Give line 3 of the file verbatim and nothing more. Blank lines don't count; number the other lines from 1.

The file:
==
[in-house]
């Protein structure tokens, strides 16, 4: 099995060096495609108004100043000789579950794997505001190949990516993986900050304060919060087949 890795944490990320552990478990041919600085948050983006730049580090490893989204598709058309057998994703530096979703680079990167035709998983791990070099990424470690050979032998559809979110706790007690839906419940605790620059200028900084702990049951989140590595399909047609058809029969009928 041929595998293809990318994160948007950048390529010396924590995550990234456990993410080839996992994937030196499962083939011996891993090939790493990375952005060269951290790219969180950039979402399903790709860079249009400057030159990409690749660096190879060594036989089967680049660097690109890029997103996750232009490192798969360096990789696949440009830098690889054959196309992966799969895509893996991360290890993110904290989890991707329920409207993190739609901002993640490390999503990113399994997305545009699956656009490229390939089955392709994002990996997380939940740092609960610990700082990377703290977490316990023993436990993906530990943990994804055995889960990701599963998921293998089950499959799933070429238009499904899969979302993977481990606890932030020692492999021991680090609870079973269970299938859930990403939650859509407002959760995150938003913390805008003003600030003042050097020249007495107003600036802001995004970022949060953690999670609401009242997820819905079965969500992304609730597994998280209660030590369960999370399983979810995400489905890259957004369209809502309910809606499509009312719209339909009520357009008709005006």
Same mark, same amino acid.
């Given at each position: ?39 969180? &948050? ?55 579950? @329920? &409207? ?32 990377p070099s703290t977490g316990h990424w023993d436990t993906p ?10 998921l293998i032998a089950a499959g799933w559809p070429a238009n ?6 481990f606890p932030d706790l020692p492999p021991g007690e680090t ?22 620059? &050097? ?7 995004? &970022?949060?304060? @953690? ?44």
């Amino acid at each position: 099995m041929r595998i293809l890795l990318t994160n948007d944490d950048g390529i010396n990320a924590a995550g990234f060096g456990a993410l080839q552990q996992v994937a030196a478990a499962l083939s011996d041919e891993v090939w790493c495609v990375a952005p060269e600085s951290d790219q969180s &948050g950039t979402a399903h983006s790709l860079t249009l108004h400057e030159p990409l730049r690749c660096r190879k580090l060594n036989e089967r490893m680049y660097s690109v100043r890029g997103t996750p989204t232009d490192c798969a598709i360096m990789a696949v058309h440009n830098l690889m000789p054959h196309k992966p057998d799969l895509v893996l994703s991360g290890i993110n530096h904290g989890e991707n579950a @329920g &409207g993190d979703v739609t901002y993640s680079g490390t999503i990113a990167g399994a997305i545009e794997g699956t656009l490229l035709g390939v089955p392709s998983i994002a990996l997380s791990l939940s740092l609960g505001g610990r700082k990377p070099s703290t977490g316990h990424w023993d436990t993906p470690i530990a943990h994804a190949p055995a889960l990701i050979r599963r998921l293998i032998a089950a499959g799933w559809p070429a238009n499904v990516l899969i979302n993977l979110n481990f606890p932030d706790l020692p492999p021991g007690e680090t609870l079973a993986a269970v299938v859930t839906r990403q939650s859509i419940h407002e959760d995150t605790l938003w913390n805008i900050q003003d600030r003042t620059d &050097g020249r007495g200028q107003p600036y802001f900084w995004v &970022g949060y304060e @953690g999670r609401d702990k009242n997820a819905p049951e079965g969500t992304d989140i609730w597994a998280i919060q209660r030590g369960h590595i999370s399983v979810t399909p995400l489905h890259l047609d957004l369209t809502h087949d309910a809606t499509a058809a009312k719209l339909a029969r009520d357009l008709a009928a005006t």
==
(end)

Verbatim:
Same mark, same amino acid.